Can Peter Gabriel save the music industry with his new digital music project, Cue Songs?
EMI has just been sold for a handful of brass knockers, torrent sites and file-sharing kills digital profit and now thieves won’t even steal CDs.
The music industry is in freefall, with many labels closing their doors, but could digital sales through ventures like Peter Gabriel’s new Cue Songs save it?
In an interview with the Huffington Post, Gabriel says there is hope, and Cue Songs is part of the solution: “People will always love music. They will come to realise that if you deprive music and film of money, then the content will suffer, and that is a choice we will have to make as a society.”
Developed with Ed Averdieck, ex head of Nokia Music, Cue Songs will use technology to streamline the selling and buying of the licensed music you hear on adverts, websites or in the background of videos.
Italian atmospheric composer Ennio Morricone is in, as is Norman Cook’s Skint label, indie labels Tummy Touch and Infectious and major Sony Music.
Gabriel’s new site hopes to be the one-stop shop for licensing music, throwing the doors open to everyone from website designers, to marketing presenters, students or major advertising campaign managers.
Nasa’s head of media has called to say the site has eased his licensing nightmare, and beta testing has yielded other whispers of support.
Gabriel describes the site as “ideal for all sorts of music acts, including bigger acts who may have their big tracks licensed, but may have plenty of other tracks sitting around not making any money”
“Musicians will have right of refusal and the right to have their track taken down from somewhere they really don’t approve of,” he adds.
So if they hear their track on Peckham’s finest butchering website, and they're adamant vegetarians, the track can come down.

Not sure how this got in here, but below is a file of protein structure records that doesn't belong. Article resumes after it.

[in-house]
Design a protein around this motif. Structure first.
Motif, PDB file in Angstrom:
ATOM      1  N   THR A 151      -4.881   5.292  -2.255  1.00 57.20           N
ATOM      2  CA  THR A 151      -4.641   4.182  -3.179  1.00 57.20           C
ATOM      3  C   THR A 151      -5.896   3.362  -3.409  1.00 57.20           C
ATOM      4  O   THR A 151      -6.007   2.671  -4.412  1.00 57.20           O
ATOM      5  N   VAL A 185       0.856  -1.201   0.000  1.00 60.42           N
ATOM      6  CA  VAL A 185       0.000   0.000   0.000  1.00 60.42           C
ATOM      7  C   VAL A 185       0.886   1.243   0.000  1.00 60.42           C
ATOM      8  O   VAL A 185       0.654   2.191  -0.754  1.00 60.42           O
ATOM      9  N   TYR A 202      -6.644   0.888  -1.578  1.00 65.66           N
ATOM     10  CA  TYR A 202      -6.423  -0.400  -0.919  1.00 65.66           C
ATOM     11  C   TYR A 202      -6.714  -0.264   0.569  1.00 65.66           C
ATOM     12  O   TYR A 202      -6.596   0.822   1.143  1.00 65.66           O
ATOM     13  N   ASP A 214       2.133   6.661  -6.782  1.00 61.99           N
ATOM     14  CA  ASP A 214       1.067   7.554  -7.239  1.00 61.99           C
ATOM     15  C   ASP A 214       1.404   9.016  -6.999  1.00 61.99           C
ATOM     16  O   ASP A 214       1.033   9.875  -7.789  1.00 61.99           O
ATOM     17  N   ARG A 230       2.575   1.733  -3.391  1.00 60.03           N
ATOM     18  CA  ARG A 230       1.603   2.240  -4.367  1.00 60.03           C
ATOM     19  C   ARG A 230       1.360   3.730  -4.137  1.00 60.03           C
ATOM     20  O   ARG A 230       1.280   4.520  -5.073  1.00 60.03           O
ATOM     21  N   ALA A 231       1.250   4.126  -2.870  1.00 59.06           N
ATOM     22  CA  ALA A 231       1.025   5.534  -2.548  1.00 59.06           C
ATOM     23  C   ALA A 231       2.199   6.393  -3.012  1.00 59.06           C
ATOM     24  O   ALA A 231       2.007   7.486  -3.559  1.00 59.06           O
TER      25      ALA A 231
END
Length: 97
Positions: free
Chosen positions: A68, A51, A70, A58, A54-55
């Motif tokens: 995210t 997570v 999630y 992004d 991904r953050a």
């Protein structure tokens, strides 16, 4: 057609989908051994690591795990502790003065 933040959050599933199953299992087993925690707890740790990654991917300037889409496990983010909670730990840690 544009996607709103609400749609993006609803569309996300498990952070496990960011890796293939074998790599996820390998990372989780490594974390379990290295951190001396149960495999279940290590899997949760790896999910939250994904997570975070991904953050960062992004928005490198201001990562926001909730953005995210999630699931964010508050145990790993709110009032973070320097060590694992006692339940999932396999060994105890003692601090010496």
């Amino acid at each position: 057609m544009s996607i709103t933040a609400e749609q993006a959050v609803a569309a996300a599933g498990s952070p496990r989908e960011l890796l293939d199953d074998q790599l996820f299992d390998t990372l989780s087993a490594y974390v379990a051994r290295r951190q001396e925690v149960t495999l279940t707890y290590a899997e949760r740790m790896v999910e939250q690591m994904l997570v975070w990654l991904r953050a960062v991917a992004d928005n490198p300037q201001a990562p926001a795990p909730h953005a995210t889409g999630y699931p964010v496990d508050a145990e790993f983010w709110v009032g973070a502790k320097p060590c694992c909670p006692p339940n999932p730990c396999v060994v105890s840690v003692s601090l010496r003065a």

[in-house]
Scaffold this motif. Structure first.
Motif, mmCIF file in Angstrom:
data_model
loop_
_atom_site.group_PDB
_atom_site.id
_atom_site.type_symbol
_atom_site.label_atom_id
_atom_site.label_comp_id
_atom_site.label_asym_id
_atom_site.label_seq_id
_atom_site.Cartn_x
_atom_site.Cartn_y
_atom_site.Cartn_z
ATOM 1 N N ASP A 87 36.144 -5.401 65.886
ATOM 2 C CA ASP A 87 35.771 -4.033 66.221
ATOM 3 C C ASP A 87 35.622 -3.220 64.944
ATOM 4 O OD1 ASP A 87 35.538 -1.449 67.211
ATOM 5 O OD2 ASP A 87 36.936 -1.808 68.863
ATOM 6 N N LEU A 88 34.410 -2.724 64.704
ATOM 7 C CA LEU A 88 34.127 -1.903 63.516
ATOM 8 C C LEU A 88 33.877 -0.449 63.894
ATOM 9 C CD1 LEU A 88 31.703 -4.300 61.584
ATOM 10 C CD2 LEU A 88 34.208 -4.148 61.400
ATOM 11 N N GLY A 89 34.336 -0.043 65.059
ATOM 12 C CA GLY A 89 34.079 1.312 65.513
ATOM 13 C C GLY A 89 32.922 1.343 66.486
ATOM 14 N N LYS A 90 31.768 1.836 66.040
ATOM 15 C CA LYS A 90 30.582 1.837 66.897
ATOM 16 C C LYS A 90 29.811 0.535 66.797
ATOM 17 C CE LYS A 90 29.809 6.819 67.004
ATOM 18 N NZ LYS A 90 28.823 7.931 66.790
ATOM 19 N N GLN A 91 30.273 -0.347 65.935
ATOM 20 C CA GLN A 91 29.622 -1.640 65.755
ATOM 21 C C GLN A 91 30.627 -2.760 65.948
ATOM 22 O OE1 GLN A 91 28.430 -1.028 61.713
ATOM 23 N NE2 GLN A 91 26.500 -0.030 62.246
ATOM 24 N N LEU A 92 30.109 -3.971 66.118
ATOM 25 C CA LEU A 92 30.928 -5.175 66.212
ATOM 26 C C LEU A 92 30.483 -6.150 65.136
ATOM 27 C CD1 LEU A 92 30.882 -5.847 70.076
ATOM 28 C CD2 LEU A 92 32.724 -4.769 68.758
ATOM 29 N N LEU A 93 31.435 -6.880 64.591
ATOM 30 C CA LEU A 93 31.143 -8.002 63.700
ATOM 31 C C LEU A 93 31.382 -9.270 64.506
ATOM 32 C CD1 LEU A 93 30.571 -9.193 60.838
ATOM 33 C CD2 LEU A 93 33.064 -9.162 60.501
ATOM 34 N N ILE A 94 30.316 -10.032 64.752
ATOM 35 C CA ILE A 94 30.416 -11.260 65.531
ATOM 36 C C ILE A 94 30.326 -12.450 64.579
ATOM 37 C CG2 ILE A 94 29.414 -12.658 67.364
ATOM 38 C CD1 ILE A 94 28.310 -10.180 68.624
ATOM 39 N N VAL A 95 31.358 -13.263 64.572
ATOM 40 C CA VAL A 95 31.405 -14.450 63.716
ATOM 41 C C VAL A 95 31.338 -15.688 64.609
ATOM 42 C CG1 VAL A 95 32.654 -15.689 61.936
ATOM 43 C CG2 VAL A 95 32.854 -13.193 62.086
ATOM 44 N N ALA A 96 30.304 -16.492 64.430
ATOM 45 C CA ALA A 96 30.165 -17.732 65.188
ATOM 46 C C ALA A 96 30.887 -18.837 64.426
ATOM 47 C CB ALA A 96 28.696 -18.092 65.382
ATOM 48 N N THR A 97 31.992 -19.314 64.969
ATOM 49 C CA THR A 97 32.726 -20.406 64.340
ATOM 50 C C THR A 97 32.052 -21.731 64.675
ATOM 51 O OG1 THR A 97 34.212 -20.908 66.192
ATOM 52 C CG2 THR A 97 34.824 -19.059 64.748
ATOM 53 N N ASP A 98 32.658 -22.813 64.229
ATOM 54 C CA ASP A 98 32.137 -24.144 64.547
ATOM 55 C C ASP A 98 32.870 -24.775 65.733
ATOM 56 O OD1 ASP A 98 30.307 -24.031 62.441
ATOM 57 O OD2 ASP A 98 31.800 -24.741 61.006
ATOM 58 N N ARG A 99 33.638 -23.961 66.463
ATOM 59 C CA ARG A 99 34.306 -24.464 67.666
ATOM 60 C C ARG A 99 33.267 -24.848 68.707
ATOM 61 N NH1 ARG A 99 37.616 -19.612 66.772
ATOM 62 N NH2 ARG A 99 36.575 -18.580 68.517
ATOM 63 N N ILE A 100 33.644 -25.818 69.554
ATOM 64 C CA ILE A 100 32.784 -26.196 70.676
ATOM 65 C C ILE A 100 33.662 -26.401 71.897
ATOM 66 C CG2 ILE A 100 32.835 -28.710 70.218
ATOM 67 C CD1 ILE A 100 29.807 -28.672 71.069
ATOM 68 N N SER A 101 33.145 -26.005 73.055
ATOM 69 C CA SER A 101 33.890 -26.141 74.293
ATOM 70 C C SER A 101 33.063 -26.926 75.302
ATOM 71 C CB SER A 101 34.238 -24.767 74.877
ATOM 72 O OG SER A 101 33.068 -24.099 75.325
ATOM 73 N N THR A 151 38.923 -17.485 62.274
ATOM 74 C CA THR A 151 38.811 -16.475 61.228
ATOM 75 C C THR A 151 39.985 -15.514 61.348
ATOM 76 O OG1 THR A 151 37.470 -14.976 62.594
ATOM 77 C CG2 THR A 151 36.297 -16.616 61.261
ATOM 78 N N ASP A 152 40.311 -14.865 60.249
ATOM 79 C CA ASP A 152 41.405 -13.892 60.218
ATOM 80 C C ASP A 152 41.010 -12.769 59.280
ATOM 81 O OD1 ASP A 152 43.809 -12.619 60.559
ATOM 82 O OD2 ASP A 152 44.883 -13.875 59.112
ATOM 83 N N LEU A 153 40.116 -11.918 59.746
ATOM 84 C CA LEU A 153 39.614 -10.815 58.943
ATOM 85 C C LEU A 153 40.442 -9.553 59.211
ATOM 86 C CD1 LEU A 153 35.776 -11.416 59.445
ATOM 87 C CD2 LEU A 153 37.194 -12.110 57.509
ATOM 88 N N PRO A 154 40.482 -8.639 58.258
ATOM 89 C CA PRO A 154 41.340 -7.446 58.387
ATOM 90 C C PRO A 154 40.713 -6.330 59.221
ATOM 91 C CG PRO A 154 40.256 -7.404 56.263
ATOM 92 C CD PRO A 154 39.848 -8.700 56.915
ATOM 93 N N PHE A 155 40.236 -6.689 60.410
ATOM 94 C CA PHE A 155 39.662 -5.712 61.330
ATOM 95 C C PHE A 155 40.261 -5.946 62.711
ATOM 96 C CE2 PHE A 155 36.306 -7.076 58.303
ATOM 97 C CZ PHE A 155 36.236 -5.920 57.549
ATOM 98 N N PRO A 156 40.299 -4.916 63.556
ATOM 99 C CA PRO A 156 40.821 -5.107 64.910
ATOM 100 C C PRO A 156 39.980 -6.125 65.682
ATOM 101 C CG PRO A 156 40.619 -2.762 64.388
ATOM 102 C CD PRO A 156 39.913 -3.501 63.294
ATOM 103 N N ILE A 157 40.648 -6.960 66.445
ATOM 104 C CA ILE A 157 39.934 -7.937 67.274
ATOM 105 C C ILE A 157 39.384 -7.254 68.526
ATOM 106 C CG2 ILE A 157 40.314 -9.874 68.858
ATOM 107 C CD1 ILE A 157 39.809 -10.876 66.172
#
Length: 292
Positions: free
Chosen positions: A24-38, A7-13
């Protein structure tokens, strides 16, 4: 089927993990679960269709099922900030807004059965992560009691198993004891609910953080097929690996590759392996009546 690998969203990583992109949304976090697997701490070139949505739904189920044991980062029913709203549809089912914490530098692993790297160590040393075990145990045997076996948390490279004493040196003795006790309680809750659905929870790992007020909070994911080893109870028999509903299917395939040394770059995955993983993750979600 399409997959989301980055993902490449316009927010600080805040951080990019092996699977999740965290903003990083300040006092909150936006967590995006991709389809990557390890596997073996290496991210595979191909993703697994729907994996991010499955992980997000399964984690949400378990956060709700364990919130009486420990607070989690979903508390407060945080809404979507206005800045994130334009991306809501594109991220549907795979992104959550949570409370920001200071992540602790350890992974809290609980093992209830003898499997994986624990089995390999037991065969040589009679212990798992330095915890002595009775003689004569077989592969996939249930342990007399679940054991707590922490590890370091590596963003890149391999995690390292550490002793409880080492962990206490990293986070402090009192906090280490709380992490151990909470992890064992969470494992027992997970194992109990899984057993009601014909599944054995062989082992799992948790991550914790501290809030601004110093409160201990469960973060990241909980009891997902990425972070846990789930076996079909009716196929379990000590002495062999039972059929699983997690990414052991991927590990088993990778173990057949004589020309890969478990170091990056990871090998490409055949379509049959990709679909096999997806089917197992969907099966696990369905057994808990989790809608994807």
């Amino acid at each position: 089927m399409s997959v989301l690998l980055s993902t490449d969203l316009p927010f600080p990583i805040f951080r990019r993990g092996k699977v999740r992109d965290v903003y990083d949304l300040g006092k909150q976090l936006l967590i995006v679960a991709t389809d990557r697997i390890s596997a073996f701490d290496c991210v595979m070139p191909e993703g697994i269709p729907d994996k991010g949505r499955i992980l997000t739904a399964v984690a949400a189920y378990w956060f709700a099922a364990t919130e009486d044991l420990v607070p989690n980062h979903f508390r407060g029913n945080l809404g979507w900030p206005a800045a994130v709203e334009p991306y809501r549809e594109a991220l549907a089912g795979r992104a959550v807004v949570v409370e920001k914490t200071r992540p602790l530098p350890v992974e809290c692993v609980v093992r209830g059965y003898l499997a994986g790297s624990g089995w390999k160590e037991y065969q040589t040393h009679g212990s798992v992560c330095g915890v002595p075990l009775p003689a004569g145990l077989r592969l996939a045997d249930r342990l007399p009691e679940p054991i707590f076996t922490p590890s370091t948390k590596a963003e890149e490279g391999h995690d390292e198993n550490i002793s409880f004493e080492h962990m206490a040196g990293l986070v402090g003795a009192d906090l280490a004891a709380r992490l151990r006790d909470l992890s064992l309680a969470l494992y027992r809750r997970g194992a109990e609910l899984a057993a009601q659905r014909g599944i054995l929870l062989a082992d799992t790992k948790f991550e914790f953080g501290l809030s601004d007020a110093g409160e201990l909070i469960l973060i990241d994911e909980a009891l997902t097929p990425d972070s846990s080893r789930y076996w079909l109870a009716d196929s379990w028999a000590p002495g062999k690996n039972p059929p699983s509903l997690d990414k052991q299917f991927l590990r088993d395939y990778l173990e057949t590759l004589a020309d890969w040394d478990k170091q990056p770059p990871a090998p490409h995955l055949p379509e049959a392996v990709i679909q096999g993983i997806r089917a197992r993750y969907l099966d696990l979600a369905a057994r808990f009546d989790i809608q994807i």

This is far from the first digital venture from the Genesis legend.
“My father was an electrical engineer, which is where the passion for technology comes from," he says.
Gabriel’s first venture into digital music was back in 2002, two years before iTunes was born. He had "Europe's largest digital music distributior", which has now been sold on to become Nokia Music.
He also operates WE7, a personalised online music radio site, which while still kicking, has rather been taken over by the likes of Spotify and Last.fm in this field.
Gabriel's commitment to exploring the bounds of technology runs deep.
“The way it’s used politically is most exciting to me at the moment," he says.
“I’m in a group called Elders made up of former statesmen and founded by Mandela, and we have put together a section in App store called The Toolbox, where you can find apps for social change.”
He is passionate about how technology makes a difference around the world. "I’m interested in e-health, remote diagnostics and the way the mobile phone brings the best teachers right into communities.”
Gabriel is also involved in Witness, saying “just this week we have been in Syria training young people to use video.”